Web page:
We picked up a Probook 4250s to evaluate for work as a possible replacement for the Dells we buy, and the big thing I see it's missing is a real dock option -- the USB 2.0 dock is a half solution, requiring you to hook up both a usb cable and a power cord to the laptop to 'dock', and it lacks a power button -- you have to open the laptop to power it on. As far as I can tell the USB 2.0 dock is the standard for the whole line. The only USB ports on the Probook are all located on either side, right by the front of unit, which is frankly awkward to use IMO. What ever happened to ports on the back of laptops? The side of this thing is jam packed with ports, and the back is blank. The USB dock comes with a DVI port, so presumably you're working off some sore of USB video card while you're 'docked' -- it works slick and doesn't seem to be a problem for what we use them for, but if you're looking to do any video intensive work while docked it might be an issue. Or it might not, I don't know, we really didn't stress it.

    Anyway, Dell's docks are awkward to get the laptop into, but at least it's a real dock. But their actual laptops are crap, performance wise. So I suppose we're still looking for their replacement.
    Reply
  • nbrenner72 - Friday, February 25, 2011 - link

    I just started a new job and got a shiny aluminum lid HP EliteBook with a Core i7, so I was thinking I had one these refreshed models that is referenced in the article. Although, I don't have a single piece underbelly and it would appear I only have USB2 based on looking up the Intel 3400 Series chipset info. My model is the 2540p. Hard drive is slow as dirt and graphics are rather poor (Intel HD - or so running dxdiag tells me). Anywho, the article just confused me a bit because it sounded excited to talk about these shiny new aluminum models that are coming out soon (and yes I have the rubber bumpers under the lid too) with Core i7s and what not, and that is what I've had for a month or so now, but without some of the other bells and whistles mentioned (i.e. USB3) Reply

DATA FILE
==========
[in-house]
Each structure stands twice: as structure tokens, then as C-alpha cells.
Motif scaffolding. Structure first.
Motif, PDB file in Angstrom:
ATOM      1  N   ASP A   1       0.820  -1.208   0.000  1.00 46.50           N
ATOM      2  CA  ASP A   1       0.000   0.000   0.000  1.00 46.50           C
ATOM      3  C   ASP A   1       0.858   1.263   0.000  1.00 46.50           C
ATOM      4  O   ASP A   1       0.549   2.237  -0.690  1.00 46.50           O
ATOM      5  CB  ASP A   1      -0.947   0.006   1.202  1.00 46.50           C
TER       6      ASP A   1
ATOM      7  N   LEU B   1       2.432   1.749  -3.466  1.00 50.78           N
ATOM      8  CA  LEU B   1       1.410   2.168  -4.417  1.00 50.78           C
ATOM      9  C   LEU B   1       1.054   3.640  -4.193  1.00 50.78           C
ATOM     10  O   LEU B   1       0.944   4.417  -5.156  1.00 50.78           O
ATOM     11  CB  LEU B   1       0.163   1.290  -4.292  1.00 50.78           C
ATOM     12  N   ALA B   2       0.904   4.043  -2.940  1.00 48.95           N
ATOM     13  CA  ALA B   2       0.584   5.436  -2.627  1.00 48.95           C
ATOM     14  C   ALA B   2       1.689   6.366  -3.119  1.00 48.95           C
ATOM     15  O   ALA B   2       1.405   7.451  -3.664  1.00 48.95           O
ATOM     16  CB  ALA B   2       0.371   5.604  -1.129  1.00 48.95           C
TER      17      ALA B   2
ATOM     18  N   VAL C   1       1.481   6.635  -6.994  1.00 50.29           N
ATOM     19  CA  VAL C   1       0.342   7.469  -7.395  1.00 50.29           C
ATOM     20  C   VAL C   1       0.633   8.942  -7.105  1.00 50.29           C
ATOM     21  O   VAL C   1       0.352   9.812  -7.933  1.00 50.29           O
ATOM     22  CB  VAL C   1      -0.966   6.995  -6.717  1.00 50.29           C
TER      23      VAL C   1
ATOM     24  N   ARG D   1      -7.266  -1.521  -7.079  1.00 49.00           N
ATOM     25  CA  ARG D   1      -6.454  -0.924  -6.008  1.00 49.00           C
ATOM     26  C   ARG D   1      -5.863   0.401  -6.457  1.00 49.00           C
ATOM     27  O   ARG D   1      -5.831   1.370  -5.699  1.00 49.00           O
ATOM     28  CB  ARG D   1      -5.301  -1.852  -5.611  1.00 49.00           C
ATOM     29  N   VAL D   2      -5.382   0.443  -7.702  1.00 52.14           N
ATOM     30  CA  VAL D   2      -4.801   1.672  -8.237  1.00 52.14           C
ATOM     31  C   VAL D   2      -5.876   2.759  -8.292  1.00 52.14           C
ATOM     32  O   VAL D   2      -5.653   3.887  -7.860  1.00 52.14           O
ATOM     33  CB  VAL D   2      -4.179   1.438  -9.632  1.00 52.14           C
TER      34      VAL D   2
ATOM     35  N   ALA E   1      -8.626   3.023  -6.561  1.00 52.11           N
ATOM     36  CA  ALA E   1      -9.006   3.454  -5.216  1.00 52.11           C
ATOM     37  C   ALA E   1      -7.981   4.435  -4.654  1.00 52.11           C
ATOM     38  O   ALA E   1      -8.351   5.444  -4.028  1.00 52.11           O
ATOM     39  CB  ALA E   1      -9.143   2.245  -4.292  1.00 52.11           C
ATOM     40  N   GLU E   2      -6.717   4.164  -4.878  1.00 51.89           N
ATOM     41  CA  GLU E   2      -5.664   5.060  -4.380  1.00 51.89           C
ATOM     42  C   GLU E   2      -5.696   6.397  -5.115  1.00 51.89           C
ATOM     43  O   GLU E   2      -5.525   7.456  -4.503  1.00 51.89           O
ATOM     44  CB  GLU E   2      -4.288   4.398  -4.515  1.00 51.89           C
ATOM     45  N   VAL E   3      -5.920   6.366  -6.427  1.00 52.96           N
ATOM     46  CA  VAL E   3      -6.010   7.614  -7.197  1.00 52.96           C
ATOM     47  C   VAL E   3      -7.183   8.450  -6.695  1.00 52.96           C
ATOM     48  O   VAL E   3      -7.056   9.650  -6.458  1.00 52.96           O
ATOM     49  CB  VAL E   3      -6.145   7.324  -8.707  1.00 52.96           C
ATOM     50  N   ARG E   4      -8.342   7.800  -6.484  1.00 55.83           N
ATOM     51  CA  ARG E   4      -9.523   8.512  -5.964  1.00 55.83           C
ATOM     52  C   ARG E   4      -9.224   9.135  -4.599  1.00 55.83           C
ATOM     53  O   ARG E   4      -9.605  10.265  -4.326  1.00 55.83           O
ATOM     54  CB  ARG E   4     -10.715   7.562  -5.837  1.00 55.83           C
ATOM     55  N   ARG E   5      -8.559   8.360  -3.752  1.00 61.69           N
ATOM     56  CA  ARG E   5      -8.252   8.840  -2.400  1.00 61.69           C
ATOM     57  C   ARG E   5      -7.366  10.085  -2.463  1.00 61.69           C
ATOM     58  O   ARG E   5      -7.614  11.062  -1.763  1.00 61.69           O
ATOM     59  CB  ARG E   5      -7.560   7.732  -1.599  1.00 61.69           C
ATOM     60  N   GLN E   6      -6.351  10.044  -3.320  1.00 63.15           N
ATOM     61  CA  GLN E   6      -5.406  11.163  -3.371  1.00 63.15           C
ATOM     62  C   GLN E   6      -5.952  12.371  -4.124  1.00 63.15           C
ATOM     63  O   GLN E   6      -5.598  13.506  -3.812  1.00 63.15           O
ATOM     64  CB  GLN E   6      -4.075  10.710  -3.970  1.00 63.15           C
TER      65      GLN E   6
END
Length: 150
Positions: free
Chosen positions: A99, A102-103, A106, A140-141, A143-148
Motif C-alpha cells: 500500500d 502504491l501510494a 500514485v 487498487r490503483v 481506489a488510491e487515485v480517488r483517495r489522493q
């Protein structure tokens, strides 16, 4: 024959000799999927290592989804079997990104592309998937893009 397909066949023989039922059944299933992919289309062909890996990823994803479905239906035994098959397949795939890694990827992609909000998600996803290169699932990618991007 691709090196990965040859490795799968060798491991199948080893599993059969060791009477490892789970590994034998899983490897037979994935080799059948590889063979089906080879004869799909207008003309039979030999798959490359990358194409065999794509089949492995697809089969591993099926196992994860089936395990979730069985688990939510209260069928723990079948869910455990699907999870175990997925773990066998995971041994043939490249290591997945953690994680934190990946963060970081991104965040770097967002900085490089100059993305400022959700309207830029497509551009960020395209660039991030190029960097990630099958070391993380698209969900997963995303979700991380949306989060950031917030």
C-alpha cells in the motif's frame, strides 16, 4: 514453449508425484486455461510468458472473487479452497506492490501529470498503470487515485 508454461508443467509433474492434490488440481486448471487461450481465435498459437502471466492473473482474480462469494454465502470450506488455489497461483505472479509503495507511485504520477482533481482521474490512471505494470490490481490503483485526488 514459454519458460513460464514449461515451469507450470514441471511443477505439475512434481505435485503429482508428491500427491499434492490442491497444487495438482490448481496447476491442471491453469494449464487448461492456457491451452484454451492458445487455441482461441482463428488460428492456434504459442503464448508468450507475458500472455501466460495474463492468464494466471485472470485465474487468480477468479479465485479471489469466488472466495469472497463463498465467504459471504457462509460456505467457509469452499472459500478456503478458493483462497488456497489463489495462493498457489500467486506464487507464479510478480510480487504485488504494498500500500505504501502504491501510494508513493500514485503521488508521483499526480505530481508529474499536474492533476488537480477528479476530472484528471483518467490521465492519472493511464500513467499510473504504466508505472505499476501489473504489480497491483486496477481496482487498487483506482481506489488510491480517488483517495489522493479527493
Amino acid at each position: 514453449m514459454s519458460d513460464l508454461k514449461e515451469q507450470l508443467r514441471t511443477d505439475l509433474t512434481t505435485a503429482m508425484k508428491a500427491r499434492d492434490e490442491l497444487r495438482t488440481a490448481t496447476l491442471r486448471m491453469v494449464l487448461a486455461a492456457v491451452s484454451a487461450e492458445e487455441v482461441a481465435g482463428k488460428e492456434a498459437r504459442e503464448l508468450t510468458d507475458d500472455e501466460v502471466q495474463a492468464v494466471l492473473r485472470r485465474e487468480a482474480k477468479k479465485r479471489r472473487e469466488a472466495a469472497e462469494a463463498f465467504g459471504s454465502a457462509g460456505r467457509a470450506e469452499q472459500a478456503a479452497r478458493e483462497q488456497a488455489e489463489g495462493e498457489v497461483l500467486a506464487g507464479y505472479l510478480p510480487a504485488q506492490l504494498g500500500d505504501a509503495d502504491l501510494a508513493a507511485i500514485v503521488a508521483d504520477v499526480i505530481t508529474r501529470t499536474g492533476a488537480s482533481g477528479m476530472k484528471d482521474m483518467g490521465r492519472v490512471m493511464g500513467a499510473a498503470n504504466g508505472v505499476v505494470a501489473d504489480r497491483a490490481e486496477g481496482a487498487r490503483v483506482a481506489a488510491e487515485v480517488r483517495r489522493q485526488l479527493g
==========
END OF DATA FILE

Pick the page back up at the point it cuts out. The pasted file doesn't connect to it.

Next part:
• HMTK - Monday, February 28, 2011 - link

    Is nobody bothered by the numeric keypad on the 15" models? IMO a 15" notebook is not wide enough to include such a thing. A decent keyboard isn't even available as an option it seems. Guess it'll be a Vostro or Latitude E5510 for me then even though I can have HP's at resellers price.

    Besides that, I hate most recent laptops because for some idiotic reason, suppliers have switched to 16:9 displays of questionable resolution. As if 16:10 wasn't bad enough...

    As for the article, I can't seem to find any specific model numbers which make the article rather useless. "And in further news, BMW has a announced a new car. It features 4 wheels, an engine and some pedals. A roof is optional."
    Reply
  • jigglywiggly - Monday, February 28, 2011 - link

    can't wait till the review, I may get one of these. Reply
  • AnnonymousCoward - Saturday, March 05, 2011 - link

    What is business? Webpages, code, and documents. All of which are portrait. 1050 vertical, whether it's 14.1" 1400x1050 or 15.4" 1680x1050, is a must. (btw, Apple still sells the latter) And look at all that wasted bezel on these HPs. Reply
  • beginner99 - Monday, March 28, 2011 - link

    Is there any more info available if the graphics are switchable? The 6470m isn't exactly a powerhouse and if I lose QuickSync for it, I would say I don't really need it. Also how much faster is it than HD-graphics? not much I would say? Reply